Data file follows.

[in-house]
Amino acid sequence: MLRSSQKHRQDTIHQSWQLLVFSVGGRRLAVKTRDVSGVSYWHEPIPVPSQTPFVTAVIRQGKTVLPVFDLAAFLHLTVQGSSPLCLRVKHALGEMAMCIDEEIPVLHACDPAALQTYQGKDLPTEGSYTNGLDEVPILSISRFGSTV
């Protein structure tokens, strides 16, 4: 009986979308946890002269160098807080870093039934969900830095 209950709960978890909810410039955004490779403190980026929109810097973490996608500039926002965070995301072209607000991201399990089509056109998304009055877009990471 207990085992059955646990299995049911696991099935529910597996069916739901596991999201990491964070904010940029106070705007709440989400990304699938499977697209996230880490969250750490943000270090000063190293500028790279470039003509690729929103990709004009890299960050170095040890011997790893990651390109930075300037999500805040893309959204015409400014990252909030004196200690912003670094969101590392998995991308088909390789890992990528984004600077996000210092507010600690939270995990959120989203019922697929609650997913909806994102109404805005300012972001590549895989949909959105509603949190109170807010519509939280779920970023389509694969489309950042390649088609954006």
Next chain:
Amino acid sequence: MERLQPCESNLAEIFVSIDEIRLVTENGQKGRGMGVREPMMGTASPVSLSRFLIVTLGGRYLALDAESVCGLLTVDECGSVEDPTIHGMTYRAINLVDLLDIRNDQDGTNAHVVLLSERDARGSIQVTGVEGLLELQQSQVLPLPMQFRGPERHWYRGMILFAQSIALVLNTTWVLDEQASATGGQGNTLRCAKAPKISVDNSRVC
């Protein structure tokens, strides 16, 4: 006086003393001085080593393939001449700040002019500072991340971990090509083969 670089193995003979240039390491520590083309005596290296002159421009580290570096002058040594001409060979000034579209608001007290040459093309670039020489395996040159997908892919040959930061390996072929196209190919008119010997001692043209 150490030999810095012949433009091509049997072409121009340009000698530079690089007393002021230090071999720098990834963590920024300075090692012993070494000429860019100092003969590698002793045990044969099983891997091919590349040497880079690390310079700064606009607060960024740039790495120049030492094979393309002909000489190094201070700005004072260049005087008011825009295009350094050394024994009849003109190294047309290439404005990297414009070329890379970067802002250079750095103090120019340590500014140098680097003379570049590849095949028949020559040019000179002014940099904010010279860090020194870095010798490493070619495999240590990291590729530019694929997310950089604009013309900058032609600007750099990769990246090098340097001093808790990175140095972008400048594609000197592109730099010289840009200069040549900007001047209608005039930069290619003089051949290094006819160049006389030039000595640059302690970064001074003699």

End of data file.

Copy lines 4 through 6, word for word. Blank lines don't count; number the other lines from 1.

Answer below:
Next chain:
Amino acid sequence: MERLQPCESNLAEIFVSIDEIRLVTENGQKGRGMGVREPMMGTASPVSLSRFLIVTLGGRYLALDAESVCGLLTVDECGSVEDPTIHGMTYRAINLVDLLDIRNDQDGTNAHVVLLSERDARGSIQVTGVEGLLELQQSQVLPLPMQFRGPERHWYRGMILFAQSIALVLNTTWVLDEQASATGGQGNTLRCAKAPKISVDNSRVC
């Protein structure tokens, strides 16, 4: 006086003393001085080593393939001449700040002019500072991340971990090509083969 670089193995003979240039390491520590083309005596290296002159421009580290570096002058040594001409060979000034579209608001007290040459093309670039020489395996040159997908892919040959930061390996072929196209190919008119010997001692043209 150490030999810095012949433009091509049997072409121009340009000698530079690089007393002021230090071999720098990834963590920024300075090692012993070494000429860019100092003969590698002793045990044969099983891997091919590349040497880079690390310079700064606009607060960024740039790495120049030492094979393309002909000489190094201070700005004072260049005087008011825009295009350094050394024994009849003109190294047309290439404005990297414009070329890379970067802002250079750095103090120019340590500014140098680097003379570049590849095949028949020559040019000179002014940099904010010279860090020194870095010798490493070619495999240590990291590729530019694929997310950089604009013309900058032609600007750099990769990246090098340097001093808790990175140095972008400048594609000197592109730099010289840009200069040549900007001047209608005039930069290619003089051949290094006819160049006389030039000595640059302690970064001074003699």